“I Don’t Like Games”

Why is this phrase so acceptable alongside few others like it?

“Games” are their own entire unique class of entertainment media alongside video (that would be TV shows & movies & youtube, I guess), audio (music), text (books, novels, fiction to nonfiction), and pictures usually with text (graphic novels, comic books, etc).

The instant response: People who don’t like games are bad at them. You can’t enjoy games without having at least a smidgen of skill, and if you don’t get started early on in life then you might never like games ever!

The barrier is likely just one of required interactivity plus the threat of failure, combined with the unfortunate fate of at least most of the earliest and most casual games sucking, and hard.


Maybe my classification is wrong, though? Maybe games (video games, I mean) fall under a bigger category of ‘interacting with a device’ and that includes GUIs, and basic computer use…

Anyway, my point is that if you ran into someone who said simply “I don’t like music”, your response would likely be that of disbelief (“What’s wrong with you?”), or you might even try to get them to change their mind (“Have you listened to X? Maybe Y?”).

Why not to the person who says “I don’t like games”?


About Droqen

Droqen is a game designer/developer/creator/etc. from Toronto, Ontario. View all posts by Droqen

2 responses to ““I Don’t Like Games”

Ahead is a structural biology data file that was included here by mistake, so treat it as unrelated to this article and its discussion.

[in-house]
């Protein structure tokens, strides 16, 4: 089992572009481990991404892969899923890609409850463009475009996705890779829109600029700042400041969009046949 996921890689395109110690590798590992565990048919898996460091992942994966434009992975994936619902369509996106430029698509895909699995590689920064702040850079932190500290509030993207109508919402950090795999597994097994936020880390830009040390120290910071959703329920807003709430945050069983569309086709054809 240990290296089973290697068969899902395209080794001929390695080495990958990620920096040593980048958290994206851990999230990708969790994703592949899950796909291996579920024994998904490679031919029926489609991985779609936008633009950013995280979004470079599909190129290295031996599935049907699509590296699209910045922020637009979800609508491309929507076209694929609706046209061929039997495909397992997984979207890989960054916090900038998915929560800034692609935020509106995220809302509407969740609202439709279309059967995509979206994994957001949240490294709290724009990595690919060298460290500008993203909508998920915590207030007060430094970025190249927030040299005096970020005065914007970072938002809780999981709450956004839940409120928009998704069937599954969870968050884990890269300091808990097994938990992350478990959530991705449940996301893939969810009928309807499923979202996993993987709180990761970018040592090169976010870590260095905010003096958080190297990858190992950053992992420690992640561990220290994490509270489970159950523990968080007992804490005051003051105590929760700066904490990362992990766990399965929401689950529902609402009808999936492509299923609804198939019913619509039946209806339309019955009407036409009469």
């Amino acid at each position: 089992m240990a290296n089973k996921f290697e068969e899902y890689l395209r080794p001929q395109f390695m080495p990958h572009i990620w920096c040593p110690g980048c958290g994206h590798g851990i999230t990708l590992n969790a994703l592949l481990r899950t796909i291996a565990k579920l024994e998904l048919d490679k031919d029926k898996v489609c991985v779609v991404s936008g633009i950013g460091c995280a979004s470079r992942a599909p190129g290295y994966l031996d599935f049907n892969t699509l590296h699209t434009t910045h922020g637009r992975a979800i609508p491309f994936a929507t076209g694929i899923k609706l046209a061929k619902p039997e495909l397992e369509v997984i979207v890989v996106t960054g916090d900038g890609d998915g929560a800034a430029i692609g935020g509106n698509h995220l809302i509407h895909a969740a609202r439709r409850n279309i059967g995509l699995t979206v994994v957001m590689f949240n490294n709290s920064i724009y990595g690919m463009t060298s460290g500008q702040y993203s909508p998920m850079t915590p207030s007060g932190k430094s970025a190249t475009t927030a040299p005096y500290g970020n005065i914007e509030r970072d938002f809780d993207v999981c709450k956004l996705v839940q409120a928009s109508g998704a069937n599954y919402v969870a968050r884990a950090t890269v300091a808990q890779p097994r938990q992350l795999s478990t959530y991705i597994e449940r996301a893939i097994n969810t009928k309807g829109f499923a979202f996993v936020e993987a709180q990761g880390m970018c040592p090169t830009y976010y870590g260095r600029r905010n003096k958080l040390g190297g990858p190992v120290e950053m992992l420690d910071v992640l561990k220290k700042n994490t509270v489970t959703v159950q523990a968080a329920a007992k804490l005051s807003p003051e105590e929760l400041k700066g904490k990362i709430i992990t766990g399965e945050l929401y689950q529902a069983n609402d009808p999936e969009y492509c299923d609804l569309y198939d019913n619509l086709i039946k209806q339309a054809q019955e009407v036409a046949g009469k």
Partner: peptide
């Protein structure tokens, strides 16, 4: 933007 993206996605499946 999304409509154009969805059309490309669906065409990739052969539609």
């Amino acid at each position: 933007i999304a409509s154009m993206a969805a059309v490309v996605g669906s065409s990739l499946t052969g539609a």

• Maxim

    I wish I could add something interesting to this, but a simple ‘totally agree’ is all I can come up with :3

    Nice thing to bring up though!

  • offal

    hey, i mostly agree with this but i’d like to point out a few kinks. first of all, invariably, everybody likes games!

    you’d be incredibly hard-pressed to find a person who doesn’t enjoy playing sports, card and board games, slots, or some other derivation. i assume what you’re talking about is people who are saying they “don’t enjoy modern videogames”.

    while i agree that most modern videogames come packaged in seemingly similar consumable form as enterainment media (videos, books, comics, etc), and very often aspire to similarity (mostly the linear story-oriented action-adventure variety), it is important to note that games are not media.

    a lot of people share ebert’s sentiment towards videogames, that is, they don’t have the desire to sit down and engage in an excercise of trial and error in order to progress through a wobbly pseudo-narrative.

    and this tends to come out as “i don’t like games”. the thing is, without fail, the most popular and accessible videogames do not fit this generic mold, and tend to more closely resemble traditional analogue games. tetris, match three, and even modern console fps games (which do not sell without match-based multiplayer modes), are easier to swallow because they are closer to the universal human experience/compulsion we know as ‘games’.

    i think videogames are closer to their non-video brethren (in our heads anyway) than they are to other related activites involving ‘interacting with a device’. although someone who genuinely dislikes computer-related activity (pretty rare today) would inevitably be repulsed by videogames.

    you have the problem and solution in hand though, i think; most entry-level games today are terrible and poorly designed, and most people who ‘don’t play videogames’ likely just haven’t discovered the right poison. it’s up to you whether you help them along that path. ;)

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